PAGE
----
MINEOLA, NY – As the second half of the summer begins with a prevalent amount of injuries and fatalities in Long Island’s waterways, Nassau County Executive Laura Curran joined with District Attorney Madeline Singas, New York State Senator John Brooks, New York State Assemblywoman Judy Griffin, Hempstead Supervisor Laura Gillen, Nassau County Police Department Commissioner Patrick Ryder and Nassau County Police Marine Bureau to push for boating safety on Monday, July 22 at Wantagh Park Marina.
“While we are fortunate to have access to amazing waterways, those who operate any type of boat or watercraft need to do so responsibly and with diligence,” said Nassau County Executive Laura Curran. “I urge both residents and tourists to never endanger themselves or others by boating recklessly. Do not ever operate a vessel under the influence of alcohol or drugs, always wear a life jacket and educate yourself on safety protocol and proper operation before driving any type of watercraft.”
Boating crash survivor Gina Costa Lieneck, who lost her 11-year-old daughter in a boating accident in 2005, was also on site to speak about the importance of boater education and her legislation, Brianna’s Law - a law requiring all boaters in New York to take an eight-hour boating safety class.
“Until there are laws in place that prevent people from operating a boat or watercraft without proper education, I will be this industry’s biggest nightmare,” said Gina Costa Lieneck. “Although the boating accident that took my daughter’s life 14 years ago took a lot out of me, it also gave me an inexhaustible drive to see to it that something like this never happens to another family. And yet, week after week I watch the news and read the papers and people are still dying. I applaud Nassau County Executive Laura Curran and all officials who are promoting boating safety. It is a critical reminder that will save lives. And so, will the passage of Brianna’s Law. I am grateful that the New York State Legislature passed this crucial boating safety bill this past June. I am hopeful that it will be signed into law soon.”
According to the U.S. Coast Guard, top five contributing factors in accidents are operator inattention, improper lookout, operator inexperience, machinery failure, and alcohol use. Nassau County officials stressed the importance of boating with caution.
“Long Island’s waters provide a wonderful opportunity for sport and recreation of all kinds. But wherever groups of people and moving vehicles of any kind interact, safety must come first. Reckless, negligent or impaired operation has deadly consequences. It also has potential criminal consequences. For everyone’s sake please slow down and think. Lives depend on it,” said Nassau County District Attorney Madeline Singas.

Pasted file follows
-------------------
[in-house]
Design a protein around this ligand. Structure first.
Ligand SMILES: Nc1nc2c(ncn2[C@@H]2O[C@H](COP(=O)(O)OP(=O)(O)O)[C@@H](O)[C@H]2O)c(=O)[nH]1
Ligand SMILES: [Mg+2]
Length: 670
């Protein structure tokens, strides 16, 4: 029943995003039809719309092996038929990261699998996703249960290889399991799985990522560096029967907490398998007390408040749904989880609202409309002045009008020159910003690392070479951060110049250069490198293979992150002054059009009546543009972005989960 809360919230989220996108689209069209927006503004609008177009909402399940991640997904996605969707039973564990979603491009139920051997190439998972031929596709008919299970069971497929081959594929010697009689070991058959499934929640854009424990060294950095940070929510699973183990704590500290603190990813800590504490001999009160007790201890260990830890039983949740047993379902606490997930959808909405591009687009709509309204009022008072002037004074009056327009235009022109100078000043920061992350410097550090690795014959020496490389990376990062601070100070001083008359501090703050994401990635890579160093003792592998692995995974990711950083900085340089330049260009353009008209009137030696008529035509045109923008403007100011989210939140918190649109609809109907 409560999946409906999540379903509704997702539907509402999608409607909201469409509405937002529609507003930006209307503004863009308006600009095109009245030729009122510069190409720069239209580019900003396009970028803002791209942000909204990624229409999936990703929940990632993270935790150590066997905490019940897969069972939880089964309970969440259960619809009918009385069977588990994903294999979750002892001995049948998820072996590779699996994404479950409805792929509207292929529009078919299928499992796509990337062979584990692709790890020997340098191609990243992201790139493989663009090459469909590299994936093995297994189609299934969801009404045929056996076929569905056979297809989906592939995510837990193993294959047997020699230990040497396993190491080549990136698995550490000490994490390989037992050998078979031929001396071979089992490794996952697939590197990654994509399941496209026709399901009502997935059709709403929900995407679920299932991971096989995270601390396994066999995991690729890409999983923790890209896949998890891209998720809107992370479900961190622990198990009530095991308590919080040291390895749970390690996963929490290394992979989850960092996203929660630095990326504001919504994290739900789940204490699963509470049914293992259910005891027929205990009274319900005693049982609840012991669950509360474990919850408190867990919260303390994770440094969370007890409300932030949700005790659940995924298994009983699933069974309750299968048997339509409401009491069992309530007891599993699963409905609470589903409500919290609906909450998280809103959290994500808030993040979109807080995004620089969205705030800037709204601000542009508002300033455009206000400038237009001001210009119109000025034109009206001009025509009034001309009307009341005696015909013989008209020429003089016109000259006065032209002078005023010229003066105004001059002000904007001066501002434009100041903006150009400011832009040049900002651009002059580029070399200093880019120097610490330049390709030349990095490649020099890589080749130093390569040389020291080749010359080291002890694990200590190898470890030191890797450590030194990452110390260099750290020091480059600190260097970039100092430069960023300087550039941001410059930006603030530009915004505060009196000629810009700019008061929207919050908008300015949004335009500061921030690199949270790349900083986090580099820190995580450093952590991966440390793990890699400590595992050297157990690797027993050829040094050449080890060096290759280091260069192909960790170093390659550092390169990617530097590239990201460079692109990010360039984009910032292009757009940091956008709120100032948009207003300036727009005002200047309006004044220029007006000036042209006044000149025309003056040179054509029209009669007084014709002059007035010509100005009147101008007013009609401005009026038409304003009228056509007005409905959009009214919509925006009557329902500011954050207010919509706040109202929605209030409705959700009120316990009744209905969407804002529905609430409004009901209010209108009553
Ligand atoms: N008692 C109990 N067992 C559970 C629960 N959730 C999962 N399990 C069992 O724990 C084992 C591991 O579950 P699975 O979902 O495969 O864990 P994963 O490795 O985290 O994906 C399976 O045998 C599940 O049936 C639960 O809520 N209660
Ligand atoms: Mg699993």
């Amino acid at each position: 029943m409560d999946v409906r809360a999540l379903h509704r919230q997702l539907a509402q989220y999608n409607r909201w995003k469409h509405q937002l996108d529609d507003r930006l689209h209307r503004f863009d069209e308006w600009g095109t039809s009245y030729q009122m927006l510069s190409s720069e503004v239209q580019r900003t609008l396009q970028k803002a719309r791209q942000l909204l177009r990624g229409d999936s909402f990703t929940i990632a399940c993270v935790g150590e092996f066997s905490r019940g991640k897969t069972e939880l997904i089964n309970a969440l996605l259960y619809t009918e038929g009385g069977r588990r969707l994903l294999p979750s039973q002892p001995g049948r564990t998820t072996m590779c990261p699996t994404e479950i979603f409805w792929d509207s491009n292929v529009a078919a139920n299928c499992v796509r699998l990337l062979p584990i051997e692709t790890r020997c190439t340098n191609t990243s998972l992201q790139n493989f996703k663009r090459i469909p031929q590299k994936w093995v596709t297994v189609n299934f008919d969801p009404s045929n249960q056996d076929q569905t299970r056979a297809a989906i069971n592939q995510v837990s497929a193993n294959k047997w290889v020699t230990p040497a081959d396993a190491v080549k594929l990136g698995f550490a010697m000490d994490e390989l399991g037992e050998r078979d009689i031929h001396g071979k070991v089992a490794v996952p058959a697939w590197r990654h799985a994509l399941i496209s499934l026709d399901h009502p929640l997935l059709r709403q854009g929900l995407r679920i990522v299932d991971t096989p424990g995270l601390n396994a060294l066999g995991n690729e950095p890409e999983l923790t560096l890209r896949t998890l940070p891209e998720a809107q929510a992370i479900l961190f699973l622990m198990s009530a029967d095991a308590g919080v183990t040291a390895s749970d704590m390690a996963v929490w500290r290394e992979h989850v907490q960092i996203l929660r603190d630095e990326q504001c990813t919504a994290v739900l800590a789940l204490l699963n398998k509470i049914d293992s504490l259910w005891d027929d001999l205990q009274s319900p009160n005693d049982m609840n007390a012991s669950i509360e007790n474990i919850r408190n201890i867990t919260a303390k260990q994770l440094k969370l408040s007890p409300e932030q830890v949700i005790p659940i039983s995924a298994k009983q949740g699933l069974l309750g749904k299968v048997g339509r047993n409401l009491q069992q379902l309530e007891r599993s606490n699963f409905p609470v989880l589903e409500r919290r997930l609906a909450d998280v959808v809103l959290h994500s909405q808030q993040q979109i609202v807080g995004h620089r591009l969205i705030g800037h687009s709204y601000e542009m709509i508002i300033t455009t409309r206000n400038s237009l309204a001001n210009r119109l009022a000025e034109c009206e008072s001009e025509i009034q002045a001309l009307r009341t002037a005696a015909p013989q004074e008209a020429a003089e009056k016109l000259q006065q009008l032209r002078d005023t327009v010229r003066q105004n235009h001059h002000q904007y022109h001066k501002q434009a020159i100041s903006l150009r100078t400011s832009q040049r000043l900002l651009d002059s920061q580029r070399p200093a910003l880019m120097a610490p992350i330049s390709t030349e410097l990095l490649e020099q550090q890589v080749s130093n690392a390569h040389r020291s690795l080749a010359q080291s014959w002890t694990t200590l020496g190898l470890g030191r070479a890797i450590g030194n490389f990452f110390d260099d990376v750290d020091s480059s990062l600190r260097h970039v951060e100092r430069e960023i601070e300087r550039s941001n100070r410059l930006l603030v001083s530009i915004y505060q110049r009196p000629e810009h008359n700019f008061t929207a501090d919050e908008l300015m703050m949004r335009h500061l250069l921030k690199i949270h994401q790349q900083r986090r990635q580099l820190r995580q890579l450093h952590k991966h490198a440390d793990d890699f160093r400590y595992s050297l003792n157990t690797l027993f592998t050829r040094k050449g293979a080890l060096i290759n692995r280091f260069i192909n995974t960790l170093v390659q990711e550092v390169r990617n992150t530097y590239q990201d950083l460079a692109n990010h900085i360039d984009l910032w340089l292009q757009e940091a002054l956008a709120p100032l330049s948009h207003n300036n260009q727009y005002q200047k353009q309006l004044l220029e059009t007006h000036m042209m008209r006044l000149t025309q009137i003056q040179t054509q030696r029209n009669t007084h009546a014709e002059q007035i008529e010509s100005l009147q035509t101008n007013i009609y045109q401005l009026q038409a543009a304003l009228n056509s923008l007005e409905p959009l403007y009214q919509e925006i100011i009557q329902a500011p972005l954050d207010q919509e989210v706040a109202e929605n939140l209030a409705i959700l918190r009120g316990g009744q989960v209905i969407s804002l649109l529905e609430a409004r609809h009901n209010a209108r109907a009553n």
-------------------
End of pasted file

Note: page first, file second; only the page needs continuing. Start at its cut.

“Nassau County is the busiest recreational boating county in New York State. Over 40,000 recreational boats are currently registered here in addition to the large number of commercial fishing vessels that call Nassau County home. The safety of those that utilize our waterways is of utmost importance to NCPD as we continue into our summer season. The Nassau County Police Marine Bureau will continue to enforce navigational laws to ensure the safety of our residents all visitors. I urge all boaters and their guests to adhere to all safety regulations to assist our department in reaching our goal which is a safe boating season,” said Nassau County Police Commissioner Patrick Ryder.
“The safety of our waterways in New York is every bit as important as the safety of our roadways. Brianna Lieneck and her family paid the ultimate price from inadequate regulation. Knowing the laws of the waterways is crucial and it is simply a matter of common sense that informed vessel-operators will result in safer waters. I am confident that it will save lives,” said New York State Senator John Brooks
“We want to ensure smooth sailing for all of our residents and visitors, especially during the busy summer season, which marks the peak for boating in all of our historically nautical communities across the South Shore of Long Island,” said Town of Hempstead Supervisor Laura Gillen. “The Town’s Bay Constables are strictly enforcing speeding limits, especially in ‘no wake zones,’ and responding to suspicions of BWI, or Boating While Intoxicated, so that we avoid another tragedy.”
County Executive Curran emphasizes the importance of following safety protocol, taking safety courses, not using alcohol or drugs while operating a vessel and wearing a life jacket.
County Executive Curran shares the following tips: